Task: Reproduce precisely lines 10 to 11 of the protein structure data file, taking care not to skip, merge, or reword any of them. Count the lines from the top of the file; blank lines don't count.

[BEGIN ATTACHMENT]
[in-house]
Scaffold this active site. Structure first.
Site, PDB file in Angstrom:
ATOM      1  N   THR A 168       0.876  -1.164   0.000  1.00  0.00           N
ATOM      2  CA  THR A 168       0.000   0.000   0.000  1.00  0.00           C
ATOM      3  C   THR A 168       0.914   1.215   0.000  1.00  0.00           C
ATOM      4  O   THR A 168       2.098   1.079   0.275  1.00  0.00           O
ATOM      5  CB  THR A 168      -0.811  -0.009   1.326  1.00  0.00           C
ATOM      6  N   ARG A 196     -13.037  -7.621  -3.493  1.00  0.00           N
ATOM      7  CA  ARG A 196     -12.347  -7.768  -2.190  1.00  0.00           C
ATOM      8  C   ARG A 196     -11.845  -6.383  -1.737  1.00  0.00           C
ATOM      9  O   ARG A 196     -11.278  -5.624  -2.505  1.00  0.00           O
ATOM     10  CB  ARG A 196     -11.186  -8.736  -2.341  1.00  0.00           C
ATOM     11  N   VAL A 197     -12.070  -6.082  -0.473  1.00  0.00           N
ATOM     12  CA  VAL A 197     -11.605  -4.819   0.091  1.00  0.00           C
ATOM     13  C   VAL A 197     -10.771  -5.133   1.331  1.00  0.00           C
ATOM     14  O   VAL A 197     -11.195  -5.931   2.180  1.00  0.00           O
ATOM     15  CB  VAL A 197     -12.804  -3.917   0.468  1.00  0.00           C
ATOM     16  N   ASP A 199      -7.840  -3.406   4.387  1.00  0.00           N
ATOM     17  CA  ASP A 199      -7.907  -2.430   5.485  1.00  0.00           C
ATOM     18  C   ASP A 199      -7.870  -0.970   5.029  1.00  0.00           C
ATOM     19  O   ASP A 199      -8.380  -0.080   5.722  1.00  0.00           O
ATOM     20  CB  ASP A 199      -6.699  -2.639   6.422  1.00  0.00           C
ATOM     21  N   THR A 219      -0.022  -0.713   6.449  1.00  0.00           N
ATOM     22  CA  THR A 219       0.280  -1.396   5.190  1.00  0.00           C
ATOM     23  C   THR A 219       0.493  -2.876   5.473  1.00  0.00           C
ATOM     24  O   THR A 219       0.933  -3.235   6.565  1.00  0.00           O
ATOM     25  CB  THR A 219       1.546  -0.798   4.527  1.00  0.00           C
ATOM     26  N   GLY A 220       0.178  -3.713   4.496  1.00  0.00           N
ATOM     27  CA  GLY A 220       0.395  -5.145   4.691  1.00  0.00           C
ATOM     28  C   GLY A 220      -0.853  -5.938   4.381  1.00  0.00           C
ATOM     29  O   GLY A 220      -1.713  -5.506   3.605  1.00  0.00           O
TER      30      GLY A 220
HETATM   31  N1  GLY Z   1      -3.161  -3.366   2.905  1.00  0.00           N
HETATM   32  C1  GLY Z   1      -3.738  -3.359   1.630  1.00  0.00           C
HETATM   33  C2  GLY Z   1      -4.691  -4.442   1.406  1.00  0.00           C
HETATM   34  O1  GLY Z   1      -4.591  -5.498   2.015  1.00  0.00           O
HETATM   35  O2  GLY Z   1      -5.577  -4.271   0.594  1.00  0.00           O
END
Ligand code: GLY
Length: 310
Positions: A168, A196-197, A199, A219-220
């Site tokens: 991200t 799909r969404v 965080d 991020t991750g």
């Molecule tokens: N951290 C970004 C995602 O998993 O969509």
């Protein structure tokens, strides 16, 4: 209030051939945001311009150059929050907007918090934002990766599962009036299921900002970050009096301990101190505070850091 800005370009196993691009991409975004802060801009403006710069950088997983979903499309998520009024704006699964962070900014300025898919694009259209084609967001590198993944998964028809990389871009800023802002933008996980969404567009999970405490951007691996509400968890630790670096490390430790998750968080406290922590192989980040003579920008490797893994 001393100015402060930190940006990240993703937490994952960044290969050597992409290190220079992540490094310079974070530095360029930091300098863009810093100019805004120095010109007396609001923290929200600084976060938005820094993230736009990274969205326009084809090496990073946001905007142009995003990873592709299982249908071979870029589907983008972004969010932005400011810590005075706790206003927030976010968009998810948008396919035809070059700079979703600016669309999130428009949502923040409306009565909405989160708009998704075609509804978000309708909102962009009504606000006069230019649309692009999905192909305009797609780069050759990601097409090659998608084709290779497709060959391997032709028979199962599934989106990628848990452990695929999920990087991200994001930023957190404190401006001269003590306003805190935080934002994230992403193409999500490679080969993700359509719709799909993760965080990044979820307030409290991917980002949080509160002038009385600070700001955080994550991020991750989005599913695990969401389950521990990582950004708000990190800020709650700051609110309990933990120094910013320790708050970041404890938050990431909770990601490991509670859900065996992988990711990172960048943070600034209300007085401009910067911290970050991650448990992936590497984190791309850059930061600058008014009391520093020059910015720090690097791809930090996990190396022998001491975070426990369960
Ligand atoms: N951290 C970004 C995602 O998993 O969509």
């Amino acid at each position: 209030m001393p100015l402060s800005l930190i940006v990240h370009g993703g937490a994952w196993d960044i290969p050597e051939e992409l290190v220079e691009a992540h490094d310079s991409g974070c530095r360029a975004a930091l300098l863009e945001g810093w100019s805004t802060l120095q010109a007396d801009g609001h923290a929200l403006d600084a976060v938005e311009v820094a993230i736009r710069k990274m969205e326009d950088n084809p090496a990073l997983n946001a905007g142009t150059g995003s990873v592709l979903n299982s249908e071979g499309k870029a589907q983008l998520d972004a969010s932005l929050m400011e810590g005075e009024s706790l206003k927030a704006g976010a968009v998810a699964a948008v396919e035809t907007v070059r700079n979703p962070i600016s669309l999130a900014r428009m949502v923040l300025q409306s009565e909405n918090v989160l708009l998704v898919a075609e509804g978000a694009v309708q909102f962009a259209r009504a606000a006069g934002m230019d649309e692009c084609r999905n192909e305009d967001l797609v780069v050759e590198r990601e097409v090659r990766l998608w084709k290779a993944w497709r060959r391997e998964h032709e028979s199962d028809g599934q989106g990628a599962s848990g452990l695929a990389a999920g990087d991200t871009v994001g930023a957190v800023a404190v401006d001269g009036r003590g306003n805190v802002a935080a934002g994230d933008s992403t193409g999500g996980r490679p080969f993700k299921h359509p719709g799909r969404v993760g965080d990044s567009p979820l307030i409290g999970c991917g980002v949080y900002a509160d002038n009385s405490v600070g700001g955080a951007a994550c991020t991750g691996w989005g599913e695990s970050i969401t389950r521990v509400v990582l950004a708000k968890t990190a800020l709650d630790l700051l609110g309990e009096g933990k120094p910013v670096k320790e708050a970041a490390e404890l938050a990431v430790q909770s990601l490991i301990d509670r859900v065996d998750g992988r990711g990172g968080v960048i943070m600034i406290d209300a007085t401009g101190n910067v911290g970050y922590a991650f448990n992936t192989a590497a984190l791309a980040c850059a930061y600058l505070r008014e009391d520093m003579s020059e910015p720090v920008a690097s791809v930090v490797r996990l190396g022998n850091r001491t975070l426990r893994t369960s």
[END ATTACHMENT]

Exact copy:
ATOM      7  CA  ARG A 196     -12.347  -7.768  -2.190  1.00  0.00           C
ATOM      8  C   ARG A 196     -11.845  -6.383  -1.737  1.00  0.00           C